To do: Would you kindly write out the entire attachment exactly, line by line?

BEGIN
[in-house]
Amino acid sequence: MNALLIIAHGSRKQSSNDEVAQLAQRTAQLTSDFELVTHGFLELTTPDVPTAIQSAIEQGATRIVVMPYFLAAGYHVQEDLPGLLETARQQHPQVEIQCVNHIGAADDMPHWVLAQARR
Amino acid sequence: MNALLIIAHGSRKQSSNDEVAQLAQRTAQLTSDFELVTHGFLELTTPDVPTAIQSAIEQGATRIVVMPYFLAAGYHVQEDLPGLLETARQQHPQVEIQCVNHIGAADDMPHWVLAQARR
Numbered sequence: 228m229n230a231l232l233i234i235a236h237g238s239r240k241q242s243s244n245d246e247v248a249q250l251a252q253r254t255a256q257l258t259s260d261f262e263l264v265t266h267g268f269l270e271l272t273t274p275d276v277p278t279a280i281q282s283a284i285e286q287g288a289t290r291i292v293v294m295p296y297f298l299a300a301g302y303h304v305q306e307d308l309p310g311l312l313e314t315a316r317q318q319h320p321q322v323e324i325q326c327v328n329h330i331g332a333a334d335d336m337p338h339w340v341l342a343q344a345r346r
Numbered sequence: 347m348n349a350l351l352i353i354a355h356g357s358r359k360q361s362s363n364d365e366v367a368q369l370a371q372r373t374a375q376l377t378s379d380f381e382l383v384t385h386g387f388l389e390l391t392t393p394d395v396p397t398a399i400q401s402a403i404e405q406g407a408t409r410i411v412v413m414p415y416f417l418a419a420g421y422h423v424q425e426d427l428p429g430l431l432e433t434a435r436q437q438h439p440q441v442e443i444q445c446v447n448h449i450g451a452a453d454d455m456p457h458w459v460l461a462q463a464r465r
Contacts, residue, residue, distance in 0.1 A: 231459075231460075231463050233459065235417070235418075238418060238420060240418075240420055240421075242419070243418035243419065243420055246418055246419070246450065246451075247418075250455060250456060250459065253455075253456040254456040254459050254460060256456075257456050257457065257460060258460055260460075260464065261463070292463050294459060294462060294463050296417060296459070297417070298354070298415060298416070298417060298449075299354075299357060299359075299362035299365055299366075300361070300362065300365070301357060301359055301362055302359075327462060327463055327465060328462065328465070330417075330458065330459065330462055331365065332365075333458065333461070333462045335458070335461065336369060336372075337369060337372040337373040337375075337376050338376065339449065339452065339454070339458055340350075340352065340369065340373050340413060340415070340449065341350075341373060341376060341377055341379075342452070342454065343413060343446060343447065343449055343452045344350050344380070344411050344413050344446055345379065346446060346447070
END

[in-house]
Amino acid sequence: MNALLIIAHGSRKQSSNDEVAQLAQRTAQLTSDFELVTHGFLELTTPDVPTAIQSAIEQGATRIVVMPYFLAAGYHVQEDLPGLLETARQQHPQVEIQCVNHIGAADDMPHWVLAQARR
Amino acid sequence: MNALLIIAHGSRKQSSNDEVAQLAQRTAQLTSDFELVTHGFLELTTPDVPTAIQSAIEQGATRIVVMPYFLAAGYHVQEDLPGLLETARQQHPQVEIQCVNHIGAADDMPHWVLAQARR
Numbered sequence: 228m229n230a231l232l233i234i235a236h237g238s239r240k241q242s243s244n245d246e247v248a249q250l251a252q253r254t255a256q257l258t259s260d261f262e263l264v265t266h267g268f269l270e271l272t273t274p275d276v277p278t279a280i281q282s283a284i285e286q287g288a289t290r291i292v293v294m295p296y297f298l299a300a301g302y303h304v305q306e307d308l309p310g311l312l313e314t315a316r317q318q319h320p321q322v323e324i325q326c327v328n329h330i331g332a333a334d335d336m337p338h339w340v341l342a343q344a345r346r
Numbered sequence: 347m348n349a350l351l352i353i354a355h356g357s358r359k360q361s362s363n364d365e366v367a368q369l370a371q372r373t374a375q376l377t378s379d380f381e382l383v384t385h386g387f388l389e390l391t392t393p394d395v396p397t398a399i400q401s402a403i404e405q406g407a408t409r410i411v412v413m414p415y416f417l418a419a420g421y422h423v424q425e426d427l428p429g430l431l432e433t434a435r436q437q438h439p440q441v442e443i444q445c446v447n448h449i450g451a452a453d454d455m456p457h458w459v460l461a462q463a464r465r
Contacts, residue, residue, distance in 0.1 A: 231459075231460075231463050233459065235417070235418075238418060238420060240418075240420055240421075242419070243418035243419065243420055246418055246419070246450065246451075247418075250455060250456060250459065253455075253456040254456040254459050254460060256456075257456050257457065257460060258460055260460075260464065261463070292463050294459060294462060294463050296417060296459070297417070298354070298415060298416070298417060298449075299354075299357060299359075299362035299365055299366075300361070300362065300365070301357060301359055301362055302359075327462060327463055327465060328462065328465070330417075330458065330459065330462055331365065332365075333458065333461070333462045335458070335461065336369060336372075337369060337372040337373040337375075337376050338376065339449065339452065339454070339458055340350075340352065340369065340373050340413060340415070340449065341350075341373060341376060341377055341379075342452070342454065343413060343446060343447065343449055343452045344350050344380070344411050344413050344446055345379065346446060346447070